• The public often has an opportunity to testify.
      • The bill’s language is modified, multiple bills may be combined, and then the overall bill is passed on to the full committee for a vote when the bill is considered widely acceptable to the full house or senate.
  • 24. Citizens Line-up To Testify Before Congress
  • 25. Committee Hearings and Compromise
      • A bill succeeding in full committee is reported to the full House or Senate for a floor debate.
        • Amendments may be proposed at each stage
      • The House and Senate generally have different versions of a bill and these must be sent to a conference committee to iron out differences
      • The final bill goes back to House and Senate for confirmation of the compromise bill.
  • 26. Final Steps in Passing A Statute
      • Next, the bill is passed on to the President who may sign it or veto it. A 2/3 vote of House + Senate can override veto if necessary.
    • If President takes no action within 10 days of receiving a bill from Congress, it becomes law without his signature.
    • You can find out how your legislators voted on environmental issues by consulting the non-partisan Thomas Website maintained by congress or by checking the League of Conservation Voters website.
  • 27. Legislative Riders
    • Two types of legislation: 1) authorizing bills become law 2) appropriations provide funds
    • Legislators who cannot gain enough votes to pass projects through regular channels, will often try to add authorizing amendments (riders) into un-related funding bills that they know will pass (e.g. money for veterans).
      • Industry groups may use this tactic to roll back environmental protections.
  • 28. Lobbying Influences Government
    • Groups or individuals with an interest in pending legislation can often influence through lobbying.
    • Lobbying consists of visiting congressional offices and talking directly to representatives to persuade them to vote in their favor.
    • Sometimes average citizens lobby congress.
    • Not everyone can go to Washington to lobby their representatives, so many people join organizations that send professional lobbyists to carry their message.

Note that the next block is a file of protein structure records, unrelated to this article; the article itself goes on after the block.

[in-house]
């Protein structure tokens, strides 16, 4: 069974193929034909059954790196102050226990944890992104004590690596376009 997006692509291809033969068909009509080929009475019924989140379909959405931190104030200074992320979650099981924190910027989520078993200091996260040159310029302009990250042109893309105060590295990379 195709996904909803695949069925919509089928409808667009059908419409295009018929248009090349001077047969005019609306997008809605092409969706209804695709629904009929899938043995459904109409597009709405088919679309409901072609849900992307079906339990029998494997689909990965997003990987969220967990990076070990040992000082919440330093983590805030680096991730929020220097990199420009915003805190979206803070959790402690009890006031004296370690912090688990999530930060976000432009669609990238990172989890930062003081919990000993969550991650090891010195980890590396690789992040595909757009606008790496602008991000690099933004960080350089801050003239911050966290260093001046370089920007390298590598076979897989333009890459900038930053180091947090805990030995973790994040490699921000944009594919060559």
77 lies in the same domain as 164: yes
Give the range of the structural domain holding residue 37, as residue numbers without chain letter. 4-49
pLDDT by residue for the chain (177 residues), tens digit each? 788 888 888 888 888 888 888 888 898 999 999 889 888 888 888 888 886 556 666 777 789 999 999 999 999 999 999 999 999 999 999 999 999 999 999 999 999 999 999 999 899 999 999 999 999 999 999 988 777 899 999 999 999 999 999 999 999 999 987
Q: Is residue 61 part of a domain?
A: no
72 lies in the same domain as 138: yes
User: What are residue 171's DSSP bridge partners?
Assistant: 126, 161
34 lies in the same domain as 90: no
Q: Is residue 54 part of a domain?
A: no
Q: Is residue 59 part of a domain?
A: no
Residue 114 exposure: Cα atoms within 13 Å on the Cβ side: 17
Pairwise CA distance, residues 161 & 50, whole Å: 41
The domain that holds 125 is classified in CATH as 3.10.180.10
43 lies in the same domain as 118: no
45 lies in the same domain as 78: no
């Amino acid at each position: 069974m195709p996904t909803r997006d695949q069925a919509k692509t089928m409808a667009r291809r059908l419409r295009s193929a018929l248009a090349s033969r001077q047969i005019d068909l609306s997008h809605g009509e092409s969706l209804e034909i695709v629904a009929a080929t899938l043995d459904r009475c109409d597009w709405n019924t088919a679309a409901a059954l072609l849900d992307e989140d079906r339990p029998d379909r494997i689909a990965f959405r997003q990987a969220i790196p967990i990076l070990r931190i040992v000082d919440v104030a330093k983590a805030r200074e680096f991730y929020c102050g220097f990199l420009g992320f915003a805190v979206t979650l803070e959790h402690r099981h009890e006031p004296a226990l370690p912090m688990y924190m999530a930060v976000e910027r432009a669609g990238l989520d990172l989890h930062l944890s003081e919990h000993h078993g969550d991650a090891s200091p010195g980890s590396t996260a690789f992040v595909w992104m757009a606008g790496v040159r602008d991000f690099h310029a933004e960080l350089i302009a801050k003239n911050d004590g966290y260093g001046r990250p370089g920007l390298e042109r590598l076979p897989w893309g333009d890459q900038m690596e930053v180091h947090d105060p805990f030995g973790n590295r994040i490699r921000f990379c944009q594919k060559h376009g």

• The NRA, AARP, Sierra Club, Audubon Society and many other groups use this approach.
  • 29. Public Activism
    • What can you do?
      • Get involved in local election campaigns
      • Write letters or e mails to representatives and senators
      • Get media attention
      • Get celebrity support
      • Organize protests or marches
      • Do public education campaigns
  • 30. An Environmental Protest
  • 31. Case Law: The Judicial Branch
    • The Judicial Branch establishes environmental law by ruling on the constitutionality of statutes and interpreting their meaning.
    • Often, congress passes vague environmental laws and lets the courts “fill-in the gaps”
  • 32. The Court System
      • The U.S. is divided into 96 federal court districts
        • Over these are 12 circuit courts of appeals
          • The States also have courts which parallel the federal system.
          • The U.S. Supreme Court is the court of last resort for both the state and federal court systems.
  • 33. The Supreme Court Decides Key Rules
    • The supreme court consists of a group of 9 Justices whose job is to determine if a law or policy is consistent with the U.S. constitution and laws passed by congress.
    • They make pivotal and far reaching decisions, many of which affect environmental policies.
    • A famous recent case was SWANCC vs. The Army Corps of Engineers (ACOE).
      • In this case a group of Chicago area towns sought to build a landfill on wetlands, but ACOE refused to issue the permit to allow the landfill.
      • The Supreme Court ruled in favor of SWANCC.
  • 34. Legal Standing